“You’re late,” Yadek said.
I wasn’t, and I knew it. He was trying to throw me off. He always did that when he didn’t want me asking questions about what I had smuggled him. “We both know that’s a lie,” I said more to assure myself that I didn’t care what he thought than to reassure him I didn’t care what he had bought.
The Pantechnian snorted in that annoyed fashion humans do when they’re not amused with your antics and said, “You’re later than I’d like.” That’s an unsettling sight coming from one of us. It just didn’t look right coming from something with our short builds, sparse features, or large heads. We may be human child sized but not species looks natural when acting like another. It turned my stomach, but I didn my best to hide it.
“Sure. Sure,” I said. “We all want our deliveries yesterday.” There was something about his tone I didn’t like. Something off compared to normal.
Yadek and I went a long way back. He was a Pantechnian with particular tastes. Specifically tastes for rare and expensive Tarkellian herbs. When religious war had broken out between the Casomere Intergalactic Federation and the Tarkellian Empire, over trees of all things, he needed someone willing to smuggle them for him. It was expensive and risky business. I risked losing my ship and crew every time I took an order, but the money was good and the crew none the wiser.
He was off today. Maybe it was something about the way he held himself that hinted at a feeling of defeat or the way his shoulders were more tense than normal. Whatever it was he stuck out like a beacon in the sea of humans that were the spaceport’s crowds. It felt like a set up. I tried to look him in his wide blue speckled eyes but he evaded. So that’s how it was.
I wanted to look around to see where the customs agents would be coming from. It was a paranoid urge. The kind of cold fear that bursts into your chest and makes you want to do something you know is stupid. Humans almost always give in to the urge. The more primitive species gave in to their emotional urges with alarming frequency. I, on the other hand, was above that. Above them. Instead of craning my neck and giving a guilty look I pushed forward in relentless pursuit of pay day. If it were a trap, I’d work through it.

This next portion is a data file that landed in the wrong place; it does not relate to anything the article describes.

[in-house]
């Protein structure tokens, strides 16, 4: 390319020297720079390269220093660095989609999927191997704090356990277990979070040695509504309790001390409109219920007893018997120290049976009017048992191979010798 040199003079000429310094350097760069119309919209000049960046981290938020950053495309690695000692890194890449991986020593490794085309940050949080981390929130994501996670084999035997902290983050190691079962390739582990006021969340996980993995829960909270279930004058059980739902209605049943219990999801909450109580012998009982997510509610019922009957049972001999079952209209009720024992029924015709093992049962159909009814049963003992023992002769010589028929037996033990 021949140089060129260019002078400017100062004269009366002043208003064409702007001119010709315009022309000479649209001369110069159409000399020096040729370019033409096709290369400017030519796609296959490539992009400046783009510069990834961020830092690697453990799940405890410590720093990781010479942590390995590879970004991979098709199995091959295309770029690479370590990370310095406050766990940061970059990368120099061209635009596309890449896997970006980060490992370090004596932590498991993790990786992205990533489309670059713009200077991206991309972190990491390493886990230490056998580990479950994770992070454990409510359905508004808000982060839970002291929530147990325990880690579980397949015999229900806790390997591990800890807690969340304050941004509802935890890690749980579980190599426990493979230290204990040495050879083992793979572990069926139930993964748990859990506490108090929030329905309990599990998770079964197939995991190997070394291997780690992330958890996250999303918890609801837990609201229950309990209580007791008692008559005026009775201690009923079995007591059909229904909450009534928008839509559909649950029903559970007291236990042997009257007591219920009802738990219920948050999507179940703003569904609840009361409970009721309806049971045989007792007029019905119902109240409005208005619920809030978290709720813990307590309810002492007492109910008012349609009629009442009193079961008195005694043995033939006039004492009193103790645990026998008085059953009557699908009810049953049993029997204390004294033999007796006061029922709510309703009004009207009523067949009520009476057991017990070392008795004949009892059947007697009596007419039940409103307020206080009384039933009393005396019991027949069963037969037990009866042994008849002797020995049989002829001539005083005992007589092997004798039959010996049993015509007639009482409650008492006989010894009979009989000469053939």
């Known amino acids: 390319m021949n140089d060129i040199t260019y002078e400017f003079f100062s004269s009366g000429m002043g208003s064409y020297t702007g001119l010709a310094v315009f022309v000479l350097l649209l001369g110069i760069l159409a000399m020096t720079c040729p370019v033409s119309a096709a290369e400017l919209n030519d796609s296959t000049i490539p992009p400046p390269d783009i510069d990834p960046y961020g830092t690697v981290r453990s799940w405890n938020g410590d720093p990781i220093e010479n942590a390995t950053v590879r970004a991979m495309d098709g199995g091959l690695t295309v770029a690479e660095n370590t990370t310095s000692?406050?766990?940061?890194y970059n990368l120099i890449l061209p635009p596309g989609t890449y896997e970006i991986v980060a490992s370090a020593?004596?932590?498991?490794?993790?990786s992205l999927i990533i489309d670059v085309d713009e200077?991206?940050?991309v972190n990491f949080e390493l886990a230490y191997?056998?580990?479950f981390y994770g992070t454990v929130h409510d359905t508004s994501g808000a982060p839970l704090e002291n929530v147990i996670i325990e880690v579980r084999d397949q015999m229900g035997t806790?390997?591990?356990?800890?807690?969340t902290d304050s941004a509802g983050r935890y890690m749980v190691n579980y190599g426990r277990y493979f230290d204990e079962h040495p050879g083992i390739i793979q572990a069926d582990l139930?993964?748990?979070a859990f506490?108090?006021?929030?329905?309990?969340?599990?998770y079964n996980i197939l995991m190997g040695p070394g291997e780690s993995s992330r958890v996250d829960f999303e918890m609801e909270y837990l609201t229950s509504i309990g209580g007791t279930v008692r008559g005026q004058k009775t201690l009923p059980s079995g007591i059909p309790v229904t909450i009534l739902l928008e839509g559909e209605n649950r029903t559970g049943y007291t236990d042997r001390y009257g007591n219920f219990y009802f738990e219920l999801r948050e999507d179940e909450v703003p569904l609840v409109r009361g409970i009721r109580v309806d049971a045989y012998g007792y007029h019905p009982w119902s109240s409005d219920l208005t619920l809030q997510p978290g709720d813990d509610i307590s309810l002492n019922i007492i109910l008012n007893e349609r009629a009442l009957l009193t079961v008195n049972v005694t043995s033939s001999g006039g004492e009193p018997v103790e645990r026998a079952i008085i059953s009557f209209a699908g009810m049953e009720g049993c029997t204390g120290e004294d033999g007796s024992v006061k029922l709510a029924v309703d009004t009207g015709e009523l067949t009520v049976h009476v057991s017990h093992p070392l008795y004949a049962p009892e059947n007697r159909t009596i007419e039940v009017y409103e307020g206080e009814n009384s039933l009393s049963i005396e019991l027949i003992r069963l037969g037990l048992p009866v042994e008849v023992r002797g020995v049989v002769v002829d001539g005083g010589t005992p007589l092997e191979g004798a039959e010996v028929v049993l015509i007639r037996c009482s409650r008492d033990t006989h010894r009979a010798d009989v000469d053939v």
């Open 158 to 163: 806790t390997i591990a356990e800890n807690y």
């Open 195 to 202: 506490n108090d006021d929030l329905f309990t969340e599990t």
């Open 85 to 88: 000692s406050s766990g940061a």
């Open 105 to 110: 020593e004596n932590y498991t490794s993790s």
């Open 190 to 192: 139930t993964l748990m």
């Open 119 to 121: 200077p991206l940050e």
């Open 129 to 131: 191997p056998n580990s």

I mentally braced myself for impact as I handed him the package, disguised as a birthday gift for the daughter he didn’t have. My breath held in my chest for several long moments. The anxiety building as we went through the motions of him scanning my bank chip, transferring the pay, and discussing practiced pleasantries.
Only when he started to walk away did I look around. Canada’s largest spaceport Old Growth Station was as busy as any other day. Just people busy with their own lives. Not a single one paying me any more heed than normal. I scanned around looking for the customs agents who should have been homing in by now if this were a trap. When I saw none something in my gut dropped. I ran toward Yadek and grabbed him by the shoulder.
He whirled around eyes wide with a mix of panic and anger. It lingered there for longer than it should have with a Pantechnian. A lot longer. I grew worried he might see the suspicion on my face, but if he did, he didn’t let it show. We stared into each other’s eyes for several seconds, the speckles kaleidoscoping as emotions ran through him, before he spoke. “Garul. You seem sick. I’d suggest taking time off to recover.” He pulled away from me before I could respond. There was a hard stiffness to him I hadn’t seen before.
My skin crawled. Something was very wrong. It wasn’t the set up I was expecting. If it had been I could have handled it, or at least been prepared. You take risks in my line of work. If a client sells you out to save their own hide you understand it’s business and nothing personal. The way he encouraged me to leave wasn’t like that. It chilled me to my very bone. I took a few moments to gather myself, slow my breathing and heart rate. This wasn’t the time to be brash. I needed to think this through.
If Yadek had been compromised, and I was almost certain he had been, then I didn’t need to know how. I didn’t need to know why. At least I didn’t care why. The thing I needed was much simpler than that. As simple as this backwater planet with all its natural splendor in tact. What I needed was as simple as leaving.